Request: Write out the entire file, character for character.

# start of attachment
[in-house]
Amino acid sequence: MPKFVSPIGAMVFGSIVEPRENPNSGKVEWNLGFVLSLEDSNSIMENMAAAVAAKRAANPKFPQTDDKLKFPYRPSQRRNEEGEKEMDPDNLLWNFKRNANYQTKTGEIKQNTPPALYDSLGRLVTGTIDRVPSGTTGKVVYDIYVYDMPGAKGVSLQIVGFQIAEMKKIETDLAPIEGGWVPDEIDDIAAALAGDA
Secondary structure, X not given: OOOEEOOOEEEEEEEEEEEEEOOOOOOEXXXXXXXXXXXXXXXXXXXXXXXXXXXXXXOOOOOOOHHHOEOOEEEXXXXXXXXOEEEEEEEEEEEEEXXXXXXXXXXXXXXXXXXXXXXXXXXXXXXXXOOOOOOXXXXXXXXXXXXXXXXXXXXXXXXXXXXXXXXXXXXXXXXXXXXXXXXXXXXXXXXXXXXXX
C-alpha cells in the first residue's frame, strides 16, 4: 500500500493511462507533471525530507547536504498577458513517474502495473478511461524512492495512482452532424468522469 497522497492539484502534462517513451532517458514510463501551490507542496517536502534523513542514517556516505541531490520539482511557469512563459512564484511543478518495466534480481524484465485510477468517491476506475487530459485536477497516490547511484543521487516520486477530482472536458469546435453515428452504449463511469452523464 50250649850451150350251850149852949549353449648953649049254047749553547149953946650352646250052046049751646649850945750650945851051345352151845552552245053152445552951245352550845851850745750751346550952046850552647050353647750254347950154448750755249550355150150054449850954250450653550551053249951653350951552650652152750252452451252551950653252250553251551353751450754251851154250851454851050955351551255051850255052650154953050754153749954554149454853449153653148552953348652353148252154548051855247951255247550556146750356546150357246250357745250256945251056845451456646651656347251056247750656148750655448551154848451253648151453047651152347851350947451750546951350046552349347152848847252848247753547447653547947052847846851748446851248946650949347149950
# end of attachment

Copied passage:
[in-house]
Amino acid sequence: MPKFVSPIGAMVFGSIVEPRENPNSGKVEWNLGFVLSLEDSNSIMENMAAAVAAKRAANPKFPQTDDKLKFPYRPSQRRNEEGEKEMDPDNLLWNFKRNANYQTKTGEIKQNTPPALYDSLGRLVTGTIDRVPSGTTGKVVYDIYVYDMPGAKGVSLQIVGFQIAEMKKIETDLAPIEGGWVPDEIDDIAAALAGDA
Secondary structure, X not given: OOOEEOOOEEEEEEEEEEEEEOOOOOOEXXXXXXXXXXXXXXXXXXXXXXXXXXXXXXOOOOOOOHHHOEOOEEEXXXXXXXXOEEEEEEEEEEEEEXXXXXXXXXXXXXXXXXXXXXXXXXXXXXXXXOOOOOOXXXXXXXXXXXXXXXXXXXXXXXXXXXXXXXXXXXXXXXXXXXXXXXXXXXXXXXXXXXXXX
C-alpha cells in the first residue's frame, strides 16, 4: 500500500493511462507533471525530507547536504498577458513517474502495473478511461524512492495512482452532424468522469 497522497492539484502534462517513451532517458514510463501551490507542496517536502534523513542514517556516505541531490520539482511557469512563459512564484511543478518495466534480481524484465485510477468517491476506475487530459485536477497516490547511484543521487516520486477530482472536458469546435453515428452504449463511469452523464 50250649850451150350251850149852949549353449648953649049254047749553547149953946650352646250052046049751646649850945750650945851051345352151845552552245053152445552951245352550845851850745750751346550952046850552647050353647750254347950154448750755249550355150150054449850954250450653550551053249951653350951552650652152750252452451252551950653252250553251551353751450754251851154250851454851050955351551255051850255052650154953050754153749954554149454853449153653148552953348652353148252154548051855247951255247550556146750356546150357246250357745250256945251056845451456646651656347251056247750656148750655448551154848451253648151453047651152347851350947451750546951350046552349347152848847252848247753547447653547947052847846851748446851248946650949347149950